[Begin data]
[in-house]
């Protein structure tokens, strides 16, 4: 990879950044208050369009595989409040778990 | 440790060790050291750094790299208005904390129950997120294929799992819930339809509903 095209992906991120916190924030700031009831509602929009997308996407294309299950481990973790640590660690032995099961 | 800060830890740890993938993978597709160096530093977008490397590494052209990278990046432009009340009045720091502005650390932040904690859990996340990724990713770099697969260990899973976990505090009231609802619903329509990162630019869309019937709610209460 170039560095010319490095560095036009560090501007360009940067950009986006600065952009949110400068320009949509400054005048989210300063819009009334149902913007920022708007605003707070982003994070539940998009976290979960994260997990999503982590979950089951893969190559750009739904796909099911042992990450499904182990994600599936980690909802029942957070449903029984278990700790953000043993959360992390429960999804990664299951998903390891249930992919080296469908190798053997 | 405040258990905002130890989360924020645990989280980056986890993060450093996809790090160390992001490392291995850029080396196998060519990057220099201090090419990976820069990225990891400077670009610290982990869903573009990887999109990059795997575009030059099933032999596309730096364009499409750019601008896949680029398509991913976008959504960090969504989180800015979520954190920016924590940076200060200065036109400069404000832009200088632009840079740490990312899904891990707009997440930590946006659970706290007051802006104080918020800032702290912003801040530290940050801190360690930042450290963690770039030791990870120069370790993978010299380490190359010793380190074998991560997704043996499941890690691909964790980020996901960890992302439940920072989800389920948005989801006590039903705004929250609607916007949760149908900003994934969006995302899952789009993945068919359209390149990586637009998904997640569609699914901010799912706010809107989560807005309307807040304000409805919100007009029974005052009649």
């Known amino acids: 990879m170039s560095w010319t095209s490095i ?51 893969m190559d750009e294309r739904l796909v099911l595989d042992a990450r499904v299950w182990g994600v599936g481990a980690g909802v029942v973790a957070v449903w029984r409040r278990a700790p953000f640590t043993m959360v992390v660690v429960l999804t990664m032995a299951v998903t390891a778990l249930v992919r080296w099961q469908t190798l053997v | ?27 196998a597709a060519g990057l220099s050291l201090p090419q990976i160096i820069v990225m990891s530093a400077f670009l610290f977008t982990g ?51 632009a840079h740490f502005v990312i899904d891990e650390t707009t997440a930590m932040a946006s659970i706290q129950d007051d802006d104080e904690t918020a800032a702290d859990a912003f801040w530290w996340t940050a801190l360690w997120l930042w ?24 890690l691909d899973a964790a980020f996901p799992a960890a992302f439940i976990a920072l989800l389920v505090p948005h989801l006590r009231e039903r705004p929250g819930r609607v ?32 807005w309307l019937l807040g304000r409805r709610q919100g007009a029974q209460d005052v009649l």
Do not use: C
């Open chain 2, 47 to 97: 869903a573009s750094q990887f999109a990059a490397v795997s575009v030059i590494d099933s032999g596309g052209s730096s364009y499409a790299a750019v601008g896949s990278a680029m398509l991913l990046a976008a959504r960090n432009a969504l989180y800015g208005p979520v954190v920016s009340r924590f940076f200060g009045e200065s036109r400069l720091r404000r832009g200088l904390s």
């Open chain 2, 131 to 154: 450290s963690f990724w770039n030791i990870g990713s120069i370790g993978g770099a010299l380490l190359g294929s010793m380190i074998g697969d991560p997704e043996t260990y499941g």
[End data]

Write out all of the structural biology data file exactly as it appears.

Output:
[in-house]
């Protein structure tokens, strides 16, 4: 990879950044208050369009595989409040778990 | 440790060790050291750094790299208005904390129950997120294929799992819930339809509903 095209992906991120916190924030700031009831509602929009997308996407294309299950481990973790640590660690032995099961 | 800060830890740890993938993978597709160096530093977008490397590494052209990278990046432009009340009045720091502005650390932040904690859990996340990724990713770099697969260990899973976990505090009231609802619903329509990162630019869309019937709610209460 170039560095010319490095560095036009560090501007360009940067950009986006600065952009949110400068320009949509400054005048989210300063819009009334149902913007920022708007605003707070982003994070539940998009976290979960994260997990999503982590979950089951893969190559750009739904796909099911042992990450499904182990994600599936980690909802029942957070449903029984278990700790953000043993959360992390429960999804990664299951998903390891249930992919080296469908190798053997 | 405040258990905002130890989360924020645990989280980056986890993060450093996809790090160390992001490392291995850029080396196998060519990057220099201090090419990976820069990225990891400077670009610290982990869903573009990887999109990059795997575009030059099933032999596309730096364009499409750019601008896949680029398509991913976008959504960090969504989180800015979520954190920016924590940076200060200065036109400069404000832009200088632009840079740490990312899904891990707009997440930590946006659970706290007051802006104080918020800032702290912003801040530290940050801190360690930042450290963690770039030791990870120069370790993978010299380490190359010793380190074998991560997704043996499941890690691909964790980020996901960890992302439940920072989800389920948005989801006590039903705004929250609607916007949760149908900003994934969006995302899952789009993945068919359209390149990586637009998904997640569609699914901010799912706010809107989560807005309307807040304000409805919100007009029974005052009649």
């Known amino acids: 990879m170039s560095w010319t095209s490095i ?51 893969m190559d750009e294309r739904l796909v099911l595989d042992a990450r499904v299950w182990g994600v599936g481990a980690g909802v029942v973790a957070v449903w029984r409040r278990a700790p953000f640590t043993m959360v992390v660690v429960l999804t990664m032995a299951v998903t390891a778990l249930v992919r080296w099961q469908t190798l053997v | ?27 196998a597709a060519g990057l220099s050291l201090p090419q990976i160096i820069v990225m990891s530093a400077f670009l610290f977008t982990g ?51 632009a840079h740490f502005v990312i899904d891990e650390t707009t997440a930590m932040a946006s659970i706290q129950d007051d802006d104080e904690t918020a800032a702290d859990a912003f801040w530290w996340t940050a801190l360690w997120l930042w ?24 890690l691909d899973a964790a980020f996901p799992a960890a992302f439940i976990a920072l989800l389920v505090p948005h989801l006590r009231e039903r705004p929250g819930r609607v ?32 807005w309307l019937l807040g304000r409805r709610q919100g007009a029974q209460d005052v009649l």
Do not use: C
């Open chain 2, 47 to 97: 869903a573009s750094q990887f999109a990059a490397v795997s575009v030059i590494d099933s032999g596309g052209s730096s364009y499409a790299a750019v601008g896949s990278a680029m398509l991913l990046a976008a959504r960090n432009a969504l989180y800015g208005p979520v954190v920016s009340r924590f940076f200060g009045e200065s036109r400069l720091r404000r832009g200088l904390s």
């Open chain 2, 131 to 154: 450290s963690f990724w770039n030791i990870g990713s120069i370790g993978g770099a010299l380490l190359g294929s010793m380190i074998g697969d991560p997704e043996t260990y499941g």